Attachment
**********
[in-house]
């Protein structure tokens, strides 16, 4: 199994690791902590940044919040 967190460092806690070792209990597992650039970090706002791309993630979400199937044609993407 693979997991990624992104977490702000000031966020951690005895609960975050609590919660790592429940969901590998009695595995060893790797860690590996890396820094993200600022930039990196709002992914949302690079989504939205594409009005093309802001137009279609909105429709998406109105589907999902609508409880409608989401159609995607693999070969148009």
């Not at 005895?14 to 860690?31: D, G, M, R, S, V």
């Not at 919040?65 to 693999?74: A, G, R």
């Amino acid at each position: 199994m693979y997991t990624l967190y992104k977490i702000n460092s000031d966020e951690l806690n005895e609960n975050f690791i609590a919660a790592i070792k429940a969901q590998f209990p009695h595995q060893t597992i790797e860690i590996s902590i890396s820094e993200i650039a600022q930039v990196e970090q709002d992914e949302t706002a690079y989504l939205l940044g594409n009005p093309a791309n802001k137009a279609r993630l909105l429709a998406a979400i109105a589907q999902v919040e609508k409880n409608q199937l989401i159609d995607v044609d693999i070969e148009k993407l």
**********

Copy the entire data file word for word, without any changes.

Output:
[in-house]
């Protein structure tokens, strides 16, 4: 199994690791902590940044919040 967190460092806690070792209990597992650039970090706002791309993630979400199937044609993407 693979997991990624992104977490702000000031966020951690005895609960975050609590919660790592429940969901590998009695595995060893790797860690590996890396820094993200600022930039990196709002992914949302690079989504939205594409009005093309802001137009279609909105429709998406109105589907999902609508409880409608989401159609995607693999070969148009």
């Not at 005895?14 to 860690?31: D, G, M, R, S, V």
């Not at 919040?65 to 693999?74: A, G, R």
């Amino acid at each position: 199994m693979y997991t990624l967190y992104k977490i702000n460092s000031d966020e951690l806690n005895e609960n975050f690791i609590a919660a790592i070792k429940a969901q590998f209990p009695h595995q060893t597992i790797e860690i590996s902590i890396s820094e993200i650039a600022q930039v990196e970090q709002d992914e949302t706002a690079y989504l939205l940044g594409n009005p093309a791309n802001k137009a279609r993630l909105l429709a998406a979400i109105a589907q999902v919040e609508k409880n409608q199937l989401i159609d995607v044609d693999i070969e148009k993407l």